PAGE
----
• Adoption of Multi Factor Authentication (MFA) and blocking of other forms of legacy authentication from outside the company area. The MFA overcomes the problem of password re-used by users or not secure and strong passwords.
  • The widespread use of the company VPN to all PCs, including the private ones of remote workers, in order to apply the security controls used on the company network.
  • Implement network segmentation and keep home devices segregated because they are usually not fully patched.
  • Adoption of application firewalling systems (or of proxy) in order to automatically detect and block navigation to dangerous websites known as phishing, malware, hacking, unclassified.
  • Make sure that all PCs, even private ones, are equipped with endpoint protection solutions (EDR if it’s possible).
  • Automatic blocking of macro execution in Office documents attached to emails or downloaded from outside of the organisation’s network.
  • Anti-spoofing checks: implementation on email servers of anti-spoofing checks (SPF¹, DKIM², DMARC³) with hard fail and reject criteria where applicable, in order to verify if the content in an email is secure or malicious. This improves the efficiency of the standard filters adopted by blacklist-based spam services. However, these tools are not enough to fully protect against emails with a forged From field.
  • Adoption of antispam and Antivirus solutions on email servers, able to analyse and block malicious attachments or attachments with particular extensions and check the URLs within the body of the emails.
  • Automatic notification systems via email to inform users about emails from external domains with the disclaimer of the rules for the secure email management.
  • Automatic scanning and sandboxing of files from external domain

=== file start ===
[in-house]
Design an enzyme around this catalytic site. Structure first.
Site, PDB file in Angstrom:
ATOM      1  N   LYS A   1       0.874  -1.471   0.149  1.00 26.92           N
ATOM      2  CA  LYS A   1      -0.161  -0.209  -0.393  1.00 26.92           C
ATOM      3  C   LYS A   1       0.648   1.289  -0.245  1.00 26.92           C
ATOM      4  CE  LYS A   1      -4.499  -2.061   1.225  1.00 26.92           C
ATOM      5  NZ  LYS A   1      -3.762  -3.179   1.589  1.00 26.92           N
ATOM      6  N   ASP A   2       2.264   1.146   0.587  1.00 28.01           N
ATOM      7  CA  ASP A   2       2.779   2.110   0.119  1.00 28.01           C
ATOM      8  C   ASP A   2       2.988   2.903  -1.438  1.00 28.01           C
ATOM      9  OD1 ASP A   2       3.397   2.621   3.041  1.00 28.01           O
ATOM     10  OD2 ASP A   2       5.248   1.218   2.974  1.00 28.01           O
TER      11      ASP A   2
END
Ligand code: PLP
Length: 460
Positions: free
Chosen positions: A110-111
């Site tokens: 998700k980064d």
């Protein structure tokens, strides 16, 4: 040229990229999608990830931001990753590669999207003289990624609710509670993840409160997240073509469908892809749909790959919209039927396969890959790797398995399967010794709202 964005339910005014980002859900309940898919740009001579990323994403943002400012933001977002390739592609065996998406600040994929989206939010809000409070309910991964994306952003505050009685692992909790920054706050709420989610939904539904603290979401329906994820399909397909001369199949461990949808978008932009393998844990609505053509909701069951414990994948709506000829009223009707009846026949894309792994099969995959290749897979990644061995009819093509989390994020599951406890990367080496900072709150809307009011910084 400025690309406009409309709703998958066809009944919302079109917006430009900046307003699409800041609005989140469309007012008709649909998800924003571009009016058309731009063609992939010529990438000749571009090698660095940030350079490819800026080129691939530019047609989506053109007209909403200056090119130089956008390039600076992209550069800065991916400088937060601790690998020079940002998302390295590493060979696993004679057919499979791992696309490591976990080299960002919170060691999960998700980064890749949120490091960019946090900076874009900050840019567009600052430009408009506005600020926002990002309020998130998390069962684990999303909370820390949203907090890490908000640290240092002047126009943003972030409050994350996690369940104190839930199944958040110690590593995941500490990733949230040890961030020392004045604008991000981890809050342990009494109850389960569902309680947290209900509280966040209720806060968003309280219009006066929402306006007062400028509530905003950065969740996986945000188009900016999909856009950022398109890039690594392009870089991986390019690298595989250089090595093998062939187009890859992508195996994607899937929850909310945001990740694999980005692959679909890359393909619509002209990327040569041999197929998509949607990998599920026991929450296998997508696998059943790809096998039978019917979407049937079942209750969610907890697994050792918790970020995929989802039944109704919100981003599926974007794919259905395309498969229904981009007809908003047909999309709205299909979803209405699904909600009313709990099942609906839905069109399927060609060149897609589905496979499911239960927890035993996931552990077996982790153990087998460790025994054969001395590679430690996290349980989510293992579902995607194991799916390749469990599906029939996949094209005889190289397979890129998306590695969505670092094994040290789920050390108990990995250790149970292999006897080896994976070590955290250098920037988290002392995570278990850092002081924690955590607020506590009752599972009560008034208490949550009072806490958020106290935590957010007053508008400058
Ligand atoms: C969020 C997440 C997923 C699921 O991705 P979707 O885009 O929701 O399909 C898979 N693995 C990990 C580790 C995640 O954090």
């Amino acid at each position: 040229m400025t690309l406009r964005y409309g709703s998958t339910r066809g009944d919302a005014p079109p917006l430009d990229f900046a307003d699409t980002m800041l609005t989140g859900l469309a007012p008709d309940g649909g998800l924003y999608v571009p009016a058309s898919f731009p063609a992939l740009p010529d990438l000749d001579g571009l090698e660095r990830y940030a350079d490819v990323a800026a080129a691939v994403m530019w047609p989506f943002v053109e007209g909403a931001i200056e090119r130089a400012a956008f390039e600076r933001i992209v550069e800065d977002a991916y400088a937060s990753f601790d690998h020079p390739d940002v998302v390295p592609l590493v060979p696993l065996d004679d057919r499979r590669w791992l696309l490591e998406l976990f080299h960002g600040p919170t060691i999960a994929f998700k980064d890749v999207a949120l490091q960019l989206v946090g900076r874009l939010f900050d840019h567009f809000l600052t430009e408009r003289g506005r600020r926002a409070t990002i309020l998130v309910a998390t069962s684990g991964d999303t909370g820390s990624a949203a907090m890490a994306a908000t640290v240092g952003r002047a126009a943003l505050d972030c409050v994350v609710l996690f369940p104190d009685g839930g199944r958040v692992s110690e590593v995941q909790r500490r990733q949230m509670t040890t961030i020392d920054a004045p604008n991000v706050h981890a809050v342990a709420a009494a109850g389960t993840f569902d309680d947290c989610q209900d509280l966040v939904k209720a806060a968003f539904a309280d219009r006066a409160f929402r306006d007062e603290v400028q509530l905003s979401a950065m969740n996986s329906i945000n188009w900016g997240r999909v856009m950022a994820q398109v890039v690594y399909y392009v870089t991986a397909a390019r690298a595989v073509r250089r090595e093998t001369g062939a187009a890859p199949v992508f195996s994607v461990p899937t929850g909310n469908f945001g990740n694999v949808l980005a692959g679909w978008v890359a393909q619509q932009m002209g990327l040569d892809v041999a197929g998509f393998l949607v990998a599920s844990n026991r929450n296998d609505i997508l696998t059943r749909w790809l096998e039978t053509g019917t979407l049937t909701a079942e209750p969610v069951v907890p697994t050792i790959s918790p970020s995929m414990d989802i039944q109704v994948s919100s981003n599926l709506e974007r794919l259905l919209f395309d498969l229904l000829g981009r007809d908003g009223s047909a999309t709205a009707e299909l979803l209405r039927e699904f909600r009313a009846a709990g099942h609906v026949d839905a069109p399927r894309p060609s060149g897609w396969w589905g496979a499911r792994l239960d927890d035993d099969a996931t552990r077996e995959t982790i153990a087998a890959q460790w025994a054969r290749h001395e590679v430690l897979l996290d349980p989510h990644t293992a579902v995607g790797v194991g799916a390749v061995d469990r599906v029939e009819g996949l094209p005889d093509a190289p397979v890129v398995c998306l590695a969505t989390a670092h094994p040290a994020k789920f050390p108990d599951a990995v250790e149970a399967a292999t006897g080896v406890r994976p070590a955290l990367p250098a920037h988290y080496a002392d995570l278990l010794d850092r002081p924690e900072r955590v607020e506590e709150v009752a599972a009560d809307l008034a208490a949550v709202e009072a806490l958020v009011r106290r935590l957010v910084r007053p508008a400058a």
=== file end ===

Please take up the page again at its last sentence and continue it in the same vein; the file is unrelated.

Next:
• Adoption of password strength policies and implementation of automatic mechanisms to prevent the use of weak passwords.
  • Enabling and sending of mail server logs to SIEM (Security information and event management) equipped with specific rules.

Footnotes

¹ Sender Policy Framework (SPF) is a protocol that allows you to check if an email has been sent from a server authorized to send emails for the sender’s domain (Envelope-From field). The list of hosts authorized to send emails is published via DNS in the form of TXT records. In fact, by examining the header of an email it is possible to check which domain the email actually comes from.

²DomainKeys Identified Mail (DKIM) is a protocol for signing some parts of the email in a digital way, in order to ensure that they have been sent from the protected domain (From field) and that they have not been altered. The list of public keys to check an email is published via DNS as TXT records.

³Domain-based Message Authentication, Reporting & Conformance (DMARC) is a protocol that, together with DKIM and SPF, allows you to specify how to check the emails of a specific domain and to define report mechanisms for the protected domain in case of counterfeit emails. It allows you to constraint the alignment of the From field with the Envelope-From field.


About the author

Nicla Diomede is the CISO (Chief Information Security Officer) at University of Milan (UniMi), coordinating and leading the University structure, responsible of “Cybersecurity, Data Protection and Compliance”. She is member of “Cybersecurity and Personal Data Protection Committee” and member of the control room on ICT Strategies at UniMi.

Since the 2000s she has interested in emerging cybersecurity topics, contributing significantly to the organization of the CSIRT and SOC at Milan University, one of the first in the national academic world.

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Twitter: @NiclaDiomede


Read more on the GÉANT Cyber Security Month 2020: https://connect.geant.org/csm2020